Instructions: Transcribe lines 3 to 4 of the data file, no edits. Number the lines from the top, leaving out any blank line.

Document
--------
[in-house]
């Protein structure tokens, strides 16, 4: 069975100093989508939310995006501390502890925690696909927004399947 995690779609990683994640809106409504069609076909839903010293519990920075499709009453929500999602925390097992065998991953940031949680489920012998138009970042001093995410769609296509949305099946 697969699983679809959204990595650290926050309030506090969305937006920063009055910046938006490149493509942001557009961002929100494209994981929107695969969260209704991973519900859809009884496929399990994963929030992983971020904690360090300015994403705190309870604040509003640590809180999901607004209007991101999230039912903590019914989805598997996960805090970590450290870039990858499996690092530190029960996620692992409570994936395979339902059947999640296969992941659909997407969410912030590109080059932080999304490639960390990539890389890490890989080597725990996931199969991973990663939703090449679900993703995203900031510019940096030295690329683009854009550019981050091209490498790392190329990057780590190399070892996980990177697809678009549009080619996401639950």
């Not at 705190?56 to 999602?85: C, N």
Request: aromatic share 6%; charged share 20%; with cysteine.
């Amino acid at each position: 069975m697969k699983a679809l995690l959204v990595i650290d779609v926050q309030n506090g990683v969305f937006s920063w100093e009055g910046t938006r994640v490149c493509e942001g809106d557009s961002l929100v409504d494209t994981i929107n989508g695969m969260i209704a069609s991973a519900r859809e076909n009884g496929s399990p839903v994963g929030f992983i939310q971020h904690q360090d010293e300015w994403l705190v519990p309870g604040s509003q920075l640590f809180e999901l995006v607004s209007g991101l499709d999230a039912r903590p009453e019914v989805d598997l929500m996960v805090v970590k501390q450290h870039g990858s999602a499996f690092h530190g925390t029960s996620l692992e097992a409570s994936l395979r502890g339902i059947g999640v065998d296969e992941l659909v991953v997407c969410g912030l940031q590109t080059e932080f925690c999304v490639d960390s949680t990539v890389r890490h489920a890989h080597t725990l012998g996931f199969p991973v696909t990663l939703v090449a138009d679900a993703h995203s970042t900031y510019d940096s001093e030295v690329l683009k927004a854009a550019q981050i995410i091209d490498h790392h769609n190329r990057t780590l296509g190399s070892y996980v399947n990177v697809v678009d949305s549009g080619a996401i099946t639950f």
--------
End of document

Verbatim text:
């Not at 705190?56 to 999602?85: C, N």
Request: aromatic share 6%; charged share 20%; with cysteine.